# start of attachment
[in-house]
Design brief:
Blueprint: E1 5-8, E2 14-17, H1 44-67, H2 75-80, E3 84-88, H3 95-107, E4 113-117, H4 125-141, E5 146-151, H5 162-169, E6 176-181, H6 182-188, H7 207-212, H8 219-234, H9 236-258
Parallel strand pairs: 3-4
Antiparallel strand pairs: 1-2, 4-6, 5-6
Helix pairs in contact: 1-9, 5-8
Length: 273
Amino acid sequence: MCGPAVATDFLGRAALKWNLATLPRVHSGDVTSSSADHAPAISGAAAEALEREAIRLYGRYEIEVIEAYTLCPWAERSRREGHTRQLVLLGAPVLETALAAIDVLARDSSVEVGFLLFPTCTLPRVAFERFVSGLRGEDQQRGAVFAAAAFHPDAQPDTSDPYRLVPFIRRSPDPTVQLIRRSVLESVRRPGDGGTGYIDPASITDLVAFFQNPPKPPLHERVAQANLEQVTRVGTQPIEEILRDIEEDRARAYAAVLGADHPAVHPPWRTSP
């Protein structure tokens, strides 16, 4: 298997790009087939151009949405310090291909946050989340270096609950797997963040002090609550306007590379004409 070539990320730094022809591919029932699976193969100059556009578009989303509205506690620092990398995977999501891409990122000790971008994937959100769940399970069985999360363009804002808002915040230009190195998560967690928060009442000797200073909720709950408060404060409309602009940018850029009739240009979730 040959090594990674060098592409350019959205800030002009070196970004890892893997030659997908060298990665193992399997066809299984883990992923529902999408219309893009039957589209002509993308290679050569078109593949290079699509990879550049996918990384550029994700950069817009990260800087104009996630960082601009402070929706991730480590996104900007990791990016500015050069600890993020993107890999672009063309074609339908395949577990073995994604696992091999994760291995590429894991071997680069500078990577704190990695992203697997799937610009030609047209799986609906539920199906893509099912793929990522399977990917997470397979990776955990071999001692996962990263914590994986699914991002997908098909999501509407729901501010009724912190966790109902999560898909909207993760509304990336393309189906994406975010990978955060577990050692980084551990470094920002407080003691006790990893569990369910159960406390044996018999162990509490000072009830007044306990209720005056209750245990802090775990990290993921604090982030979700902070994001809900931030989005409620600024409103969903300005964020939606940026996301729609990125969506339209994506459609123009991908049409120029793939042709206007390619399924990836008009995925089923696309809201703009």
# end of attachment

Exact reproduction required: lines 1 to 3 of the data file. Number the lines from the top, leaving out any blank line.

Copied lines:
[in-house]
Design brief:
Blueprint: E1 5-8, E2 14-17, H1 44-67, H2 75-80, E3 84-88, H3 95-107, E4 113-117, H4 125-141, E5 146-151, H5 162-169, E6 176-181, H6 182-188, H7 207-212, H8 219-234, H9 236-258